Surely that should be 'eight cores per chip/die and eight threads per core' - to aid in clarity.
Sun Microsystems is primed to ship the first servers running its UltraSPARC T2 processor, aka Niagara II. The roll-out consists of a pair of rack-mounted systems and a blade server based on the new chip, which sports eight cores and eight threads per core. The single-rack T5120 and double-rack T5520 have a single socket …
No, you are spreading FUD.
Each N2 core has two integer pipelines and can execute two instructions from two different thread groups in parallel. While not suitable for all applications, it is much more capable compared to the original N1. Vastly increased FP capability expands the reach of workloads quite a bit. Have a look at the SAP-SD scores - it actually outshines 2S clovetowns (8 core in all) - at identical core count. So what are those 8 threads in each core doing ? First, each of them gets scheduled with 0 thread-switch penalty (much more efficient that software scheduled threads), and second, they are all fetching data from memory in parallel.
N2 two 10G ethernet interfaces on the chip, great and usable network bandwidth.
Add much superior on-chip crypto, cryptographic workloads will fly at no added cost.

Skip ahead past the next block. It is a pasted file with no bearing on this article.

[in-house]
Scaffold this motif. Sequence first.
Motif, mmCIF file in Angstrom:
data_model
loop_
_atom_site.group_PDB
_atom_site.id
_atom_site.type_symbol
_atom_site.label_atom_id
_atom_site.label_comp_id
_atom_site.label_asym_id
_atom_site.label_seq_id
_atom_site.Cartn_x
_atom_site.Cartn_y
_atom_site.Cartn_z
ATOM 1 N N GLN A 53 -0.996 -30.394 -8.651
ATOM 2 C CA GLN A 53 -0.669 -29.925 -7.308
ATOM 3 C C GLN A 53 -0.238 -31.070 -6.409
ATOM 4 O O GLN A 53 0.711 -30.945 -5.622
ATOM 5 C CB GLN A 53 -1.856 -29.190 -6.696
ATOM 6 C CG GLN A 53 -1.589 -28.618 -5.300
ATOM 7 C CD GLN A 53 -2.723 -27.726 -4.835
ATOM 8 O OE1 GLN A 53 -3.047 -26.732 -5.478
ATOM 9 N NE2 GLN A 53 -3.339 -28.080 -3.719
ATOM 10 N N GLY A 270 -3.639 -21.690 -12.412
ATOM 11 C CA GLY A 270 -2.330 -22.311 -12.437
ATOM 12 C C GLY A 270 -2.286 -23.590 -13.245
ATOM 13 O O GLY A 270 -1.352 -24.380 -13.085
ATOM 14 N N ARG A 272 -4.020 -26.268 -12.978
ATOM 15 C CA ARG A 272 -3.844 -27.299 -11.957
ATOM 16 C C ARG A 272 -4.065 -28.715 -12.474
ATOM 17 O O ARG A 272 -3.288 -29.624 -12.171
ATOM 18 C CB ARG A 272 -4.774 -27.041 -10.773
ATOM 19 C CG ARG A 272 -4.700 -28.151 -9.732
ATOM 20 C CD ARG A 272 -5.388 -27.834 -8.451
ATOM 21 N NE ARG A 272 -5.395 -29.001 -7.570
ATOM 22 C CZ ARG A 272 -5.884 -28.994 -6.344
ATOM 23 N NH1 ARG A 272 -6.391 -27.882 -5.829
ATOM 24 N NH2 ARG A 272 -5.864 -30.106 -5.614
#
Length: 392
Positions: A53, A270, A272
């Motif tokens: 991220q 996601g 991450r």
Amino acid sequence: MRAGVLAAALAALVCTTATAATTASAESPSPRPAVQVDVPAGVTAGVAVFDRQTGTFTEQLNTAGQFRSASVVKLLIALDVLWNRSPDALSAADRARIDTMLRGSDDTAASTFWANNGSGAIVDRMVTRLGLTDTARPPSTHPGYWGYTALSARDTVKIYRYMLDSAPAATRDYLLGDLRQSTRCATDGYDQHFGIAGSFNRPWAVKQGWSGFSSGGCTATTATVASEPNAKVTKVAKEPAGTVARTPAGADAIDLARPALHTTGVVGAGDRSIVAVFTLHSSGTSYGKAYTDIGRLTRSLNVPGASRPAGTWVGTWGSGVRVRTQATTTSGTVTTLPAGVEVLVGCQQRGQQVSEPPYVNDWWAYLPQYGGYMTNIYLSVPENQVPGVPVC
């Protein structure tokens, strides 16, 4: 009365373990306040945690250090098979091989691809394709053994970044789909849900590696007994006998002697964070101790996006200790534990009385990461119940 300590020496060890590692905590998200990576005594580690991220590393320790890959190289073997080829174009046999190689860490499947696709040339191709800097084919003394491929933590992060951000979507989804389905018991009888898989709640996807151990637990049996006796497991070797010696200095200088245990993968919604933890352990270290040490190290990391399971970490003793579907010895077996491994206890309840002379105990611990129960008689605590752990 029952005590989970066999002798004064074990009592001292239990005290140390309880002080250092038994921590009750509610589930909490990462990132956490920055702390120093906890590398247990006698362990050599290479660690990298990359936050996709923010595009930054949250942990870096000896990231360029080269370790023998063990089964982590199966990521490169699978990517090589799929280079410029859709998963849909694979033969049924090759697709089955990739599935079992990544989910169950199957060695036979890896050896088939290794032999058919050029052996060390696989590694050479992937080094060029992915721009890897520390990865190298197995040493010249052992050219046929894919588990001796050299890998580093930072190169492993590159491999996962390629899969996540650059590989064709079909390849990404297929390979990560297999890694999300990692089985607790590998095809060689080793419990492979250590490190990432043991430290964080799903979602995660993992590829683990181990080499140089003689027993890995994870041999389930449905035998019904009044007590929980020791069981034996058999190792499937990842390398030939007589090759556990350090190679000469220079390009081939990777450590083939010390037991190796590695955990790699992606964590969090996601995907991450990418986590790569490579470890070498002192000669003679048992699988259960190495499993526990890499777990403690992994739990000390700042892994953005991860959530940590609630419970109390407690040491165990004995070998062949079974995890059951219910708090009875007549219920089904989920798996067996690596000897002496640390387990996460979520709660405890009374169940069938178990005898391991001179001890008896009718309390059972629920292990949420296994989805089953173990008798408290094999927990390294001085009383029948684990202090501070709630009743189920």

The only thing I am disappointed with is the price, it's utterly outrageous. I guess Sun expects willing customers with suitable workloads to pay for it. Most x86 customers will probably be better off staying with x86 unless their workload is something that could fly on N2.
Each core run's two threads, not the sixteen that Sun claims. Each chip runs 16 threads on the chip, not 64 in the marketing. An interesting question is the TLB is that shared? If it is two threads might not actually be running as the same time on each core. I guess it does not matter...good benchmark numbers...too bad our workloads dont match the thin threads you need and this system only has one chip...no vertical scalibility
Why the vast majority of customers would invest in a Niagara II -based server environment when you can do 99% of what you need to do on X86 for a fraction of the cost is beyond me.
Back in the late 1990's, you didn't have a choice - if you needed performance Unix was it. Now, with quad core Intels, quad AMD's just about to be launched and the various intelligent clustering options from companies like Oracle, IBRIX and MSFT get you to where you need to be.
Port your app, get off the big iron and come and join the rest of us in the 21st century.
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